The Government will legislate to allow local authorities to "compel the immediate closure" of a premise that poses a risk to public health.
Businesses could also be fined up to £4,000 for breaching a restriction notice, which would order premises to close for 48 hours or seven days.
The plans are contained in the Government's Winter Plan, which acknowledges that current powers are "inadequate and do not allow them [Local Authorities] to enforce the law."
Local Authorities will be given streamlined powers to issue improvement and restriction notices to businesses that are breaching Covid-secure rules, it says.
This includes the "ability to compel the immediate closure of a premise that is not complying with Covid-Secure regulation."
The government will also making £900 million worth of funding available to local authorities which have the highest level of restrictions to help control the coronavirus.
Local councils have been raising serious concerns that when lockdown eased during the summer, they were unable to tackle compliance in pubs, shops, offices, restaurants and warehouses which they are responsible for.
Speaking to Safety Management, Kate Thompson Director of the Chartered Institute of Environmental Health in Wales explained the government named the Health and the Safety at Work Act (HSWA) 1974 as the key vehicle for overseeing the implementation of Covid secure guidelines during the summer.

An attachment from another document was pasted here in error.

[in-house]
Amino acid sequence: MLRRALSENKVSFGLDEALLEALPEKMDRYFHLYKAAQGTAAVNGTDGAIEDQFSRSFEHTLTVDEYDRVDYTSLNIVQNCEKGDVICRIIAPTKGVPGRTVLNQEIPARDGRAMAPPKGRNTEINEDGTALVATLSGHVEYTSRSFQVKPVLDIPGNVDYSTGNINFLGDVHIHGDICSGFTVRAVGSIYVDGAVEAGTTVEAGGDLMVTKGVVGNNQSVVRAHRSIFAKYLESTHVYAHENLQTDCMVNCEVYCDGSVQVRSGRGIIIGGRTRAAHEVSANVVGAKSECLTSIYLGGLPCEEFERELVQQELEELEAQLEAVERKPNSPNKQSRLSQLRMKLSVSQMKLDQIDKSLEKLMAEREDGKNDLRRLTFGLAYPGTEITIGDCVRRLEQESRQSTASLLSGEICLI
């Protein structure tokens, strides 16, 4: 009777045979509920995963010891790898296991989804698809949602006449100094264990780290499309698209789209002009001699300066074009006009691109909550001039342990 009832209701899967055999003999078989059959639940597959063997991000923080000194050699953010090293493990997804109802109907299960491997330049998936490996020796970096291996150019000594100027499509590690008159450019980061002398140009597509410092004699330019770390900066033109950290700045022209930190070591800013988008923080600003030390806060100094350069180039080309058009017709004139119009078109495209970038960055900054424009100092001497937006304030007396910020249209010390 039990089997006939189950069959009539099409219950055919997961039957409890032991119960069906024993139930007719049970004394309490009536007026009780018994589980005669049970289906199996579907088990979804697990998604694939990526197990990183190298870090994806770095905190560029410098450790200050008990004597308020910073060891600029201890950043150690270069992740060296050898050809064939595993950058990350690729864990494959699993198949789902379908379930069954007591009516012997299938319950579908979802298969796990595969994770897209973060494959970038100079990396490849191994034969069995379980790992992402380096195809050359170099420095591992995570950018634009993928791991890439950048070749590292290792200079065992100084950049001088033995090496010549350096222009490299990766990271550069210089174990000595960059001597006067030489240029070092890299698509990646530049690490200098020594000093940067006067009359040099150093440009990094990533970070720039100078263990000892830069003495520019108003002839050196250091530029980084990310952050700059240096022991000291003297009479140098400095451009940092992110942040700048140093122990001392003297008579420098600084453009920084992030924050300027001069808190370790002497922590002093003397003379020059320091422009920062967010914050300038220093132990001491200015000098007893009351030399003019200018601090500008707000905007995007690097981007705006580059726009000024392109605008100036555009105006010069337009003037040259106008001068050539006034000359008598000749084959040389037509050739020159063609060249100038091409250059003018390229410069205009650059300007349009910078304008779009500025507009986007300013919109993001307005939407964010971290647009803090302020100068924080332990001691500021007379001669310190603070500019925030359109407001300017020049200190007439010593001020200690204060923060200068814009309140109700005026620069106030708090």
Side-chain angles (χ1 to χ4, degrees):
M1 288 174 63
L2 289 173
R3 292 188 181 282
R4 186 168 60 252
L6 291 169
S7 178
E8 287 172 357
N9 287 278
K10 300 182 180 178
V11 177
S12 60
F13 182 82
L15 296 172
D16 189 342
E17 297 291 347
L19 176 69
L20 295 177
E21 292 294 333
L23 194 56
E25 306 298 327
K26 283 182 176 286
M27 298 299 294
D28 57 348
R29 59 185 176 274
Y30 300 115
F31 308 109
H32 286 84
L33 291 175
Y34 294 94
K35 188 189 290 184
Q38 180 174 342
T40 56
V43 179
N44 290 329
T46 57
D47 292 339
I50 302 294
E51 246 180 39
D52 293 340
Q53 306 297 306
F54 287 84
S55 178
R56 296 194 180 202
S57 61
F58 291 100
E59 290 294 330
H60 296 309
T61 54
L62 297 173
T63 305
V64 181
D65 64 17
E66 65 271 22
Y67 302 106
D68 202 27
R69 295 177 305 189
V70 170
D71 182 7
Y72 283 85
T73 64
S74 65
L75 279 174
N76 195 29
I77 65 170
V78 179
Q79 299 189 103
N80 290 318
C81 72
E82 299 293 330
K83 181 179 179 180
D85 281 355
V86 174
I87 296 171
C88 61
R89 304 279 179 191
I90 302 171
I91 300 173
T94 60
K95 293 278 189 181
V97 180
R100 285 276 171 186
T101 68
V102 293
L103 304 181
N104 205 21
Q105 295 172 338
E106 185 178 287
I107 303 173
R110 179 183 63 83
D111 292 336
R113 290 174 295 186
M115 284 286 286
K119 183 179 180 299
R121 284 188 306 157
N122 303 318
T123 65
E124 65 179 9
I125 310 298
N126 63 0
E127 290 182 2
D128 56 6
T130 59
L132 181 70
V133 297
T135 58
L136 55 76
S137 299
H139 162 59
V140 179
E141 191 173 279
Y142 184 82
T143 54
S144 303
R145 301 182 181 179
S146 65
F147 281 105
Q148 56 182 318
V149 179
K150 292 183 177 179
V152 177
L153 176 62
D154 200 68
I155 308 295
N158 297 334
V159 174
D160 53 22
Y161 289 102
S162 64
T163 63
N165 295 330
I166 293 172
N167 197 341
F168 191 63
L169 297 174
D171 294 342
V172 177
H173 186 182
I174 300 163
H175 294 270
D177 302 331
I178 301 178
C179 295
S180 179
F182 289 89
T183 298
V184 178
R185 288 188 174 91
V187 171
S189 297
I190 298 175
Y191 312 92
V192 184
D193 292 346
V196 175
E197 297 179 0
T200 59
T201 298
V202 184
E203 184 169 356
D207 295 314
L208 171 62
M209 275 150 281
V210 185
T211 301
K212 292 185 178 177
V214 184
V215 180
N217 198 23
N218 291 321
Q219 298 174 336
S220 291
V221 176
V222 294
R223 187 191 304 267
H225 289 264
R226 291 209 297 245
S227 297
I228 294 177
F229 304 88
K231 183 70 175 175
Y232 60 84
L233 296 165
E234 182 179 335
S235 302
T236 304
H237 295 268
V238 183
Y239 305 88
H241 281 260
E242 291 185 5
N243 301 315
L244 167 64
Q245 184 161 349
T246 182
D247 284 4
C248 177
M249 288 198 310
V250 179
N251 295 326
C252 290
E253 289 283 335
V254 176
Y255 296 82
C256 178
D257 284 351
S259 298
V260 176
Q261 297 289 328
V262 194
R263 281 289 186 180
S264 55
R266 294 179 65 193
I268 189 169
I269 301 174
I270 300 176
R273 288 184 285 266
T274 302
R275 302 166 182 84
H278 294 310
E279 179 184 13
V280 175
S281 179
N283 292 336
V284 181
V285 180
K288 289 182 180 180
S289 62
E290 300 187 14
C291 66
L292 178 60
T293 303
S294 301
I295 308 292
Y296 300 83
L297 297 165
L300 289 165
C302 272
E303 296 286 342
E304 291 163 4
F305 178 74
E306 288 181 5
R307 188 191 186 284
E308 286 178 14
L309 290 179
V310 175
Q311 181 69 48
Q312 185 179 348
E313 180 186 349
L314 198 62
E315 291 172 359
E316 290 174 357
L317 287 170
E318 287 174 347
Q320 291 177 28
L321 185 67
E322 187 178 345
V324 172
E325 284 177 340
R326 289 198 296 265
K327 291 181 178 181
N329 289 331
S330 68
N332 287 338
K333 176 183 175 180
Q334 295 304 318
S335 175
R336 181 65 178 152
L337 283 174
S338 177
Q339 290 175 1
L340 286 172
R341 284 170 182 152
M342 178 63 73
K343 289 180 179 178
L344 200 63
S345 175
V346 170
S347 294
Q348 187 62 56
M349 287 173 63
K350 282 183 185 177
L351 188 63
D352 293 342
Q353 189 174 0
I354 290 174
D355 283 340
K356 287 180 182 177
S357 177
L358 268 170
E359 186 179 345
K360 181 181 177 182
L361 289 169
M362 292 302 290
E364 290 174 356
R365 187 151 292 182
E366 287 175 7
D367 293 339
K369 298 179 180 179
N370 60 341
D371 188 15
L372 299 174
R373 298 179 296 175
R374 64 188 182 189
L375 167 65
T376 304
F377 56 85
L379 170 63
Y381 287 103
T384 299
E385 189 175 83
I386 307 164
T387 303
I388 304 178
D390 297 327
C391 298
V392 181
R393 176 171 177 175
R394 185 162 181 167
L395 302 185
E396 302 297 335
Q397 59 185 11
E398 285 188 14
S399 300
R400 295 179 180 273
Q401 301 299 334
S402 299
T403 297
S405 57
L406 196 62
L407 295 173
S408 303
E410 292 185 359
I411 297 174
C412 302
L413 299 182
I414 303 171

“The tools under the Health and safety at Work Act are less suitable for the type of swift action to require changes or force closure of non-compliant premises that councils need," she said.
“The Health and Safety Executive has suggested that it would not be possible to issue a prohibition notice requiring a premise to close due to the failure to implement social distancing measures, while improvement notices allow a 28 day period to introduce necessary changes – too long in the context of a pandemic,” she added.
The government's plan for managing Covid-19 through the winter can be downloaded here
By Belinda Liversedge on 21 January 2021
The government is sending the wrong message about building back better for workers after admitting it will be examining EU-derived protections, Mike Clancy, general secretary of Prospect told a conference yesterday.
By Belinda Liversedge on 19 January 2021
Coronavirus outbreaks in workplaces are nearly at their highest levels since the start of the pandemic but not one company has been prosecuted for a Covid-related breach, official data shows.
By Belinda Liversedge on 14 January 2021
The British Medical Association says it has received sustained reports from female doctors ‘struggling to find respirator masks that pass fit testing’, compromising their safety from coronavirus.